Another common through line from many conservatives and libertarians, and some centrists, is a belief that a significant amount of government power and control should be delegated to smaller units of government — states and municipalities — than the sprawling federal government. Some stricter constitutionalists argue fiercely for the 10th Amendment; namely, that “[t]he powers not delegated to the United States by the Constitution, nor prohibited by it to the States, are reserved to the States respectively, or to the people.”

Anyone in this cohort should support D.C. statehood on federalism grounds. Unfortunately, D.C. residents and decision-makers in the D.C. Council have been subject to undue interference from Congress in recent years. Former Rep. Jason Chaffetz (R-UT) regularly meddled in D.C.’s affairs from his perch in Congress, on everything from drug policy to immigration policy, despite representing Utah’s Third Congressional District 2,000 miles away.

More recently, a lack of D.C. statehood has given its representatives and residents less of a say over extensive barbed-wire fencing in Capitol Hill residents’ backyards, security for residents during the deadly Jan. 6 riots at the U.S. Capitol, and even COVID-19 vaccine rollout and distribution.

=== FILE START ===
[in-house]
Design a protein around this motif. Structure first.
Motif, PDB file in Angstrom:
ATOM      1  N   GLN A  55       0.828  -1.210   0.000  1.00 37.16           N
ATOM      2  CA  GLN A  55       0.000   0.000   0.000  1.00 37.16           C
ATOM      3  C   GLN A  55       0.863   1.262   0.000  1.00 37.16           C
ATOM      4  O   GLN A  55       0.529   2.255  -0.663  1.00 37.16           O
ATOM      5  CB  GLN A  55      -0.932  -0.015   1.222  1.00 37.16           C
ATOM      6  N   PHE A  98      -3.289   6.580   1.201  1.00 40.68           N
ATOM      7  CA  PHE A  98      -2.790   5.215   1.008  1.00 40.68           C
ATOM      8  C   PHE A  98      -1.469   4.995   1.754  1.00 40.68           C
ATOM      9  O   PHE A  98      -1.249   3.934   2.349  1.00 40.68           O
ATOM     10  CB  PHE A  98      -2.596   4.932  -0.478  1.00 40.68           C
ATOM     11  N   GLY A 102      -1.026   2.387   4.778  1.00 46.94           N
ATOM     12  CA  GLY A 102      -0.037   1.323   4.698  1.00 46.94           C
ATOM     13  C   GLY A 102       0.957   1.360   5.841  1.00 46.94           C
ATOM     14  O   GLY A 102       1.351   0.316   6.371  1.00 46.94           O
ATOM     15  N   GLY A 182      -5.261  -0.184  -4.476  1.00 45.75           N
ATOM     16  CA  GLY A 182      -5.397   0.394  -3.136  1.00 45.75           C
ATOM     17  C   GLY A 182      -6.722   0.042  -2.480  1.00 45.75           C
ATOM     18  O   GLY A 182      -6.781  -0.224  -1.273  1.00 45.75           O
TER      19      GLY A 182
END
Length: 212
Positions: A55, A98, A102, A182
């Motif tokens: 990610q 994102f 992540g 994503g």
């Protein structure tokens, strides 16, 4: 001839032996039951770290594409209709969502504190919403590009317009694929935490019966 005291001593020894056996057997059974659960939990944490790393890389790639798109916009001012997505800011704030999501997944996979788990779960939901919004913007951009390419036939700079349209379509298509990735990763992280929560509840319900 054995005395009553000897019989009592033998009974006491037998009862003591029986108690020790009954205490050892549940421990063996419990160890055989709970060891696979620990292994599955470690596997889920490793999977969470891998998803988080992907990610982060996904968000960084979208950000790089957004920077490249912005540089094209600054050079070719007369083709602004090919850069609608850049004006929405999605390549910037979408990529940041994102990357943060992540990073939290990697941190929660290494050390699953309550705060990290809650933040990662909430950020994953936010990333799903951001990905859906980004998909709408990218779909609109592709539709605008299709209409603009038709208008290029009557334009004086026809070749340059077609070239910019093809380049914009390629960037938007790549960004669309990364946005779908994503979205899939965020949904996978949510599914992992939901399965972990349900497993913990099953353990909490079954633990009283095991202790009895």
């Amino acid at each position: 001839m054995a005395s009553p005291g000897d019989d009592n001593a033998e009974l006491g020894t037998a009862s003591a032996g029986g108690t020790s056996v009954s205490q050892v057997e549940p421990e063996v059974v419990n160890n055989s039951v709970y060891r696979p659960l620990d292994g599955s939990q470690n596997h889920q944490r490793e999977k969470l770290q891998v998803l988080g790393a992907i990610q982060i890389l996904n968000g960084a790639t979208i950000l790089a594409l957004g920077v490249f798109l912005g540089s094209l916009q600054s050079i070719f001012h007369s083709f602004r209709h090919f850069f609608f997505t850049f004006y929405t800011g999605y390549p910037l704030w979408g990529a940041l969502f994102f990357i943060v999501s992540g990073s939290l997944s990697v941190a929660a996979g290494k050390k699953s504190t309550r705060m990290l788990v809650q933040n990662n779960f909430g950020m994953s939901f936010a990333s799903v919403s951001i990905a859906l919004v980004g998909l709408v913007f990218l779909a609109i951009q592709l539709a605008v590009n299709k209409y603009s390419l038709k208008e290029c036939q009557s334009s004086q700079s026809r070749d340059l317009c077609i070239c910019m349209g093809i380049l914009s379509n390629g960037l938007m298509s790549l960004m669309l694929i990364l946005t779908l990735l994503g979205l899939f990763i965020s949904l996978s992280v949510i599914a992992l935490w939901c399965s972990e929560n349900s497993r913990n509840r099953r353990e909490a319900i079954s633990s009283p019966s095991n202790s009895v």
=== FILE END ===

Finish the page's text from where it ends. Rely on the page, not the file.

Conservatives and libertarians who are worried about the excesses and failures of a large, growing federal government should be doubly concerned that around 700,000 people must give Congress effective veto power over everything it does, regardless of what’s stated in the 10th Amendment.

An argument I hear most often from my Republican friends, both privately and in public fora, is that D.C. statehood would just give Majority Leader Chuck Schumer two more Democratic U.S. senators. That’s true — D.C. voted for President Biden, for example, by a 93–5 margin — but it still not a reason to deny 700,000 D.C. residents long-overdue representation in Congress.

Interestingly enough, in all six of the most recent years Republicans held control of the upper chamber, two Democratic Senators from D.C. would not have impacted Republicans’ majority. Assuming the addition of two Democrats, here’s how party control would have broken down from 2015–2020:

  • 2015: 54 Republicans, 48 Democrats
  • 2016: 54 Republicans, 48 Democrats
  • 2017: 52 Republicans, 50 Democrats
  • 2018: 51 Republicans, 51 Democrats (following the election of Doug Jones in Dec. 2017; Vice President Mike Pence would have broken ties in the Senate)
  • 2019: 53 Republicans, 49 Democrats